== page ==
One of the surprises of this year was the Sunshine and Butterflies Limited Edition Selection box as its always great to see companies that don’t get much exposure create some wonderfully original bon bons produce such fine work. But it was definitely more enjoyable to have these Christmas-inspired truffles and ganaches come through my letterbox the other day.
Only last week I was going on about how difficult it is for chocolatiers to be original so it was with great joy that I saw the Sunshine & Butterflies ‘menu’ contain some very interesting sounding treats such as the Gingerbread Truffle, Christmas Jam Ganache, Berry Christmas Truffle, Cranberry Truffle, Sweet Chestnut & Orange Ganache and a Christmas Cake Truffle. Far too often I get the ‘tin of roses’ syndrome where I have to have a degree in hieroglyphics to determine which truffles are which – here there’s absolutely no recourse to tax my brain – the bon bons have a clear photo with each and a verbose and very interesting description. From the information given you can see just how much thought has gone into each, and for me I’m massively appreciative of the effort put in.
Recently I have also been trying to work out why gingerbread is so popular at Christmas on the continent – reading the text given I can see that it’s a ‘hangover’ (if that’s the right word) form pre-Christian Europeans who made gingerbread cakes to celebrate the Winter Solstice. The desire to think about seasons, festivals and chocolate is something I’d normally associate with the clever people at Artisan du Chocolat but it is absolutely great to see from a chocolatier who has much less press attention.
The flavour of this truffle was absolutely spot on, it was just like those the German gingerbreads that I’ve tasted in the past and it was amazing how the bready flavour was achieved. This ginger taste starts off very slowly and builds up – just like a cold winter’s day where the sun slowly rises, shines brilliantly and then wanes leaving a bright red sunset – these spicy flavours linger for what seems like an age on the tongue. But it’s the mouth-feel I also enjoyed. If you’re lucky enough to have one you’ll notice that mouth is occupied by the truffle – it seems to expand like water-reacting foam. A box of just these for Christmas would make me a very happy boy indeed.
The Christmas Jam Ganache was less elegant as the previous but offered a more intense experience – purely because there some sharp fructose fruits included in the form of plums, damsons and sultanas. Added to the mixture were some Christmas-related, but unnamed, spices. These fruity flavours lingered for a good while, but just like bringing your car to “the bite”, the sweetness subsided and the classic flavour of the 53% dark chocolate shell took over – and then proceeded to diminish again – allowing the jam to regain dominance. I was in too minds on this one, but looking at the selection box as a whole it’ll probably act as a pallet cleanser.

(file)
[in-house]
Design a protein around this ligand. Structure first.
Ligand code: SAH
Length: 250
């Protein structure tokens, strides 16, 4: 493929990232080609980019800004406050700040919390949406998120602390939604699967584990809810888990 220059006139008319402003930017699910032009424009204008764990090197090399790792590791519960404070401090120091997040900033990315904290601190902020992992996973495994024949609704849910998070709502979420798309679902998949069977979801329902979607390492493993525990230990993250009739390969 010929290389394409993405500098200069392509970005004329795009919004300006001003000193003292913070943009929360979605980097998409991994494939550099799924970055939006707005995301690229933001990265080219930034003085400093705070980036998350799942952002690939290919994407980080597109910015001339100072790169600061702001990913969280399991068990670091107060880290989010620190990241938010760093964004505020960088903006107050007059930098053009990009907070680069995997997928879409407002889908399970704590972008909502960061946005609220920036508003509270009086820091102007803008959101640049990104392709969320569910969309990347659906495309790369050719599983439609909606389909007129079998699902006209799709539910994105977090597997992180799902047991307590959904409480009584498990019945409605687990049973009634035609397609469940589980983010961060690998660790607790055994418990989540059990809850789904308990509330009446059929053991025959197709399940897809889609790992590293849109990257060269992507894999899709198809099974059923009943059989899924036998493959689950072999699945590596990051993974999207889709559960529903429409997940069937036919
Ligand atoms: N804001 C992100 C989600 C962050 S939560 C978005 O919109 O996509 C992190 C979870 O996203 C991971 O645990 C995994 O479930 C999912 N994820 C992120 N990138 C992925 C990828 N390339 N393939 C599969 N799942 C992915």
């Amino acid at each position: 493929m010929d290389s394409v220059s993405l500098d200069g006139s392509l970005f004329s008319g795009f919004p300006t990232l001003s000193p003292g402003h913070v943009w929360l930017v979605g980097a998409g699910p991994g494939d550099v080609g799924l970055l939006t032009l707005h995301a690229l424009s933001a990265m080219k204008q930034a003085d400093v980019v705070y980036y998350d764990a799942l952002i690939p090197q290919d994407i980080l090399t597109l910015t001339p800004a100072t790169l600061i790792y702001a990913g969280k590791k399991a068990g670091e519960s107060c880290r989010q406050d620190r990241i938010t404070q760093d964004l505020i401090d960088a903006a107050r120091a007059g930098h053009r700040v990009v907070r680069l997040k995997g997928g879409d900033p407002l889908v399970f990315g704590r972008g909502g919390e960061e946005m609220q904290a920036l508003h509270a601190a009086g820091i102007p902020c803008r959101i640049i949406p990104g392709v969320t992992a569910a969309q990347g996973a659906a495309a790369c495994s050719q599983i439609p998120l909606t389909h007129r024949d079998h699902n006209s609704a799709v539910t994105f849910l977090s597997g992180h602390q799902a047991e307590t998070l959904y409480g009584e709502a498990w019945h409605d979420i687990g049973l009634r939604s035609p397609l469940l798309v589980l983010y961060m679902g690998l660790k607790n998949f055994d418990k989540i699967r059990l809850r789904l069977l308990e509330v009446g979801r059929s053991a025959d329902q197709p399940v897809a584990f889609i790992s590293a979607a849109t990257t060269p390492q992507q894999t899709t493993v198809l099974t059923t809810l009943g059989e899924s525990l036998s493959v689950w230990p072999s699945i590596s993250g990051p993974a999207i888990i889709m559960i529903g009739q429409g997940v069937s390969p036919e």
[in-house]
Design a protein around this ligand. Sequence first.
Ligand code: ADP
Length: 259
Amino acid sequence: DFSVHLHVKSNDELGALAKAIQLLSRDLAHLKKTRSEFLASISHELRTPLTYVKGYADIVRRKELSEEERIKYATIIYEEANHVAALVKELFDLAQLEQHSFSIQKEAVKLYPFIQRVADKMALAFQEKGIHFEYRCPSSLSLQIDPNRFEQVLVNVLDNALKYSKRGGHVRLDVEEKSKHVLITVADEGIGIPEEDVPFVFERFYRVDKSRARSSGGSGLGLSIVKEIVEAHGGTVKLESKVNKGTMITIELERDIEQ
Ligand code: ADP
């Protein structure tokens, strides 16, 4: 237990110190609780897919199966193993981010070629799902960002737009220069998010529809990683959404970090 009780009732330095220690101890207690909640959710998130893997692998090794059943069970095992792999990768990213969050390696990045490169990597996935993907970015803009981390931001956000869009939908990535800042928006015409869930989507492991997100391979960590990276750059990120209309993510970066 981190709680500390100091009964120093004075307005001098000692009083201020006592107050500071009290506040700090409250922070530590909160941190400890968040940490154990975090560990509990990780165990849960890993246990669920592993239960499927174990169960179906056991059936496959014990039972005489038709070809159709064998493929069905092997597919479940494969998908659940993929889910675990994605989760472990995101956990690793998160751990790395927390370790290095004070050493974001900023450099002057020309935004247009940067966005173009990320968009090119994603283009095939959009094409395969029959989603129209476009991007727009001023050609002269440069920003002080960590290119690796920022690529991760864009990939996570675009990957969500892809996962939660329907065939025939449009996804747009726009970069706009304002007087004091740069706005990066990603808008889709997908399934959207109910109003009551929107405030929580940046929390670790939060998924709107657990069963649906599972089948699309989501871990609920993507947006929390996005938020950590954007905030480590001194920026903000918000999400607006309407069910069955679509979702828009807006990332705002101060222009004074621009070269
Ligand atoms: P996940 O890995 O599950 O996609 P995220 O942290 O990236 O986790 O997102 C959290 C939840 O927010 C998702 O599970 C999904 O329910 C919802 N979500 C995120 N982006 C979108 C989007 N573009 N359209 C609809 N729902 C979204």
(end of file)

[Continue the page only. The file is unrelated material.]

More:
Next was the Berry Christmas truffle which mixed the archetypal Christmas flavours of orange, cloves, cranberries and cinnamon with the more summary tastes of strawberries and fudge. It was like walking down a typical residential street at this time of year: there were lights, flashes, nodding Father Christmas’s and the occasional grunting reindeer. I couldn’t work out what was going on – flavours and textures were coming at me from all directions. I definitely feel the orange and cinnamon do work together well, and the fudge does offer a good underlying ‘carrier’ flavour as well as an interesting texture; but I felt it was so a touch too disjointed from the consistent flavours of the others in the box.
The Cranberry Truffle got us firmly back on track. The crunch through the 53% dark chocolate truffle was very enjoyable and the cranberry flavour clear, clean and precise. The sweetness of the truffle centre juxtaposed against the less sweet 53% dark chocolate shell was perfectly balanced. There were odd, surprising ‘shots’ of cranberry which gave it some good variety, but overall very enjoyable indeed.
I just love nuts and chocolate, and this sweet chestnut and orange ganache was utterly delightful. At first I thought it was a touch too sweet, but that was because I didn’t have enough of the chestnut to balance out the intensity of the sweet centre. The second bite had more of the nut and the orange and the combined flavours were far more harmonious. There was also a good cream edge that is far more prominent here than the others.
And lastly there was the Christmas Cake Truffle which was an absolute delight. Being inspired by a combination pottage (a plum porridge eaten on Christmas Eve) and Twelfth Night Cake there were just so many flavours going on – but was successful. The lasting flavour, I’m sure is of almond – which is sure to be a winner with me. But it’s the preceding flavours of the dried fruit, spices and butter made it incredibly indulgent, but supremely enjoyable.
I wish I’d started this review before I wrote my list of the best chocolates of 2011, as these should certainly be included (they are now). I also wish I’d taking more interesting photos – but I was just too keen to taste them. Hopefully, however, my words here do this wonderful Christmas-themed selection box justice. It’d be difficult for any text to do so, the only way you can understand how fantastic they are is to try some yourself.